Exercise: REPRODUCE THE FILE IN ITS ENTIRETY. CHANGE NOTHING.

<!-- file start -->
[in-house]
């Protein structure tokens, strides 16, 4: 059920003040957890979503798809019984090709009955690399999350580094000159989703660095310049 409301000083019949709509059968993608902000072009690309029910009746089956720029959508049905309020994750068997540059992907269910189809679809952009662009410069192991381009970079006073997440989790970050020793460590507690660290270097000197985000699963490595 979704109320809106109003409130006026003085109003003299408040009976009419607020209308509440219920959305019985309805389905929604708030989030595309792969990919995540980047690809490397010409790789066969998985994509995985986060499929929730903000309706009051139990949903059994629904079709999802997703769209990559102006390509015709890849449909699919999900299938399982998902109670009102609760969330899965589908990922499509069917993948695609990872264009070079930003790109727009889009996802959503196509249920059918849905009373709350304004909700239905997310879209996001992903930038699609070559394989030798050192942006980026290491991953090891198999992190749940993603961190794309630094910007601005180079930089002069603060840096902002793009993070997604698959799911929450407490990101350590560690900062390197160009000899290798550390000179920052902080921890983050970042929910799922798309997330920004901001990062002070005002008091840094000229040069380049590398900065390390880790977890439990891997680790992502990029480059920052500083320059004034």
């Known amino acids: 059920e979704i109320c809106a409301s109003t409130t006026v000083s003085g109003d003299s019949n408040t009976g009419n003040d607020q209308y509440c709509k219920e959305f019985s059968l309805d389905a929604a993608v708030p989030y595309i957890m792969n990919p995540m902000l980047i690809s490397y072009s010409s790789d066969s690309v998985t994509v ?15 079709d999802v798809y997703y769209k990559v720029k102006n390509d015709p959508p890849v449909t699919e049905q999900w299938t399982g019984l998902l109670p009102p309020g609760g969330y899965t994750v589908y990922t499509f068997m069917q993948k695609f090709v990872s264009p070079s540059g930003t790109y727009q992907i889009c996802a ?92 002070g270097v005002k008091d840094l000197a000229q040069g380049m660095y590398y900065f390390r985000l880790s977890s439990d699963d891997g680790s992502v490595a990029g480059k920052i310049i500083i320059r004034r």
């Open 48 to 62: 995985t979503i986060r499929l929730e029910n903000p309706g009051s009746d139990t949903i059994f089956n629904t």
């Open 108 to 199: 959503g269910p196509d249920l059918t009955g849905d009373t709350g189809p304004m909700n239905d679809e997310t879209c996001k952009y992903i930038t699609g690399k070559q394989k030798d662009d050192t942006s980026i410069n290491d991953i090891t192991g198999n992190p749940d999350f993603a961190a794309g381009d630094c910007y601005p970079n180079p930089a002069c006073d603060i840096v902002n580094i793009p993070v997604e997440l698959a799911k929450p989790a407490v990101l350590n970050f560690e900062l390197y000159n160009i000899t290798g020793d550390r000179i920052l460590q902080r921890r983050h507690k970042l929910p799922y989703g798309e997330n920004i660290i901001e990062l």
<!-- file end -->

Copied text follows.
[in-house]
């Protein structure tokens, strides 16, 4: 059920003040957890979503798809019984090709009955690399999350580094000159989703660095310049 409301000083019949709509059968993608902000072009690309029910009746089956720029959508049905309020994750068997540059992907269910189809679809952009662009410069192991381009970079006073997440989790970050020793460590507690660290270097000197985000699963490595 979704109320809106109003409130006026003085109003003299408040009976009419607020209308509440219920959305019985309805389905929604708030989030595309792969990919995540980047690809490397010409790789066969998985994509995985986060499929929730903000309706009051139990949903059994629904079709999802997703769209990559102006390509015709890849449909699919999900299938399982998902109670009102609760969330899965589908990922499509069917993948695609990872264009070079930003790109727009889009996802959503196509249920059918849905009373709350304004909700239905997310879209996001992903930038699609070559394989030798050192942006980026290491991953090891198999992190749940993603961190794309630094910007601005180079930089002069603060840096902002793009993070997604698959799911929450407490990101350590560690900062390197160009000899290798550390000179920052902080921890983050970042929910799922798309997330920004901001990062002070005002008091840094000229040069380049590398900065390390880790977890439990891997680790992502990029480059920052500083320059004034």
């Known amino acids: 059920e979704i109320c809106a409301s109003t409130t006026v000083s003085g109003d003299s019949n408040t009976g009419n003040d607020q209308y509440c709509k219920e959305f019985s059968l309805d389905a929604a993608v708030p989030y595309i957890m792969n990919p995540m902000l980047i690809s490397y072009s010409s790789d066969s690309v998985t994509v ?15 079709d999802v798809y997703y769209k990559v720029k102006n390509d015709p959508p890849v449909t699919e049905q999900w299938t399982g019984l998902l109670p009102p309020g609760g969330y899965t994750v589908y990922t499509f068997m069917q993948k695609f090709v990872s264009p070079s540059g930003t790109y727009q992907i889009c996802a ?92 002070g270097v005002k008091d840094l000197a000229q040069g380049m660095y590398y900065f390390r985000l880790s977890s439990d699963d891997g680790s992502v490595a990029g480059k920052i310049i500083i320059r004034r």
């Open 48 to 62: 995985t979503i986060r499929l929730e029910n903000p309706g009051s009746d139990t949903i059994f089956n629904t």
């Open 108 to 199: 959503g269910p196509d249920l059918t009955g849905d009373t709350g189809p304004m909700n239905d679809e997310t879209c996001k952009y992903i930038t699609g690399k070559q394989k030798d662009d050192t942006s980026i410069n290491d991953i090891t192991g198999n992190p749940d999350f993603a961190a794309g381009d630094c910007y601005p970079n180079p930089a002069c006073d603060i840096v902002n580094i793009p993070v997604e997440l698959a799911k929450p989790a407490v990101l350590n970050f560690e900062l390197y000159n160009i000899t290798g020793d550390r000179i920052l460590q902080r921890r983050h507690k970042l929910p799922y989703g798309e997330n920004i660290i901001e990062l």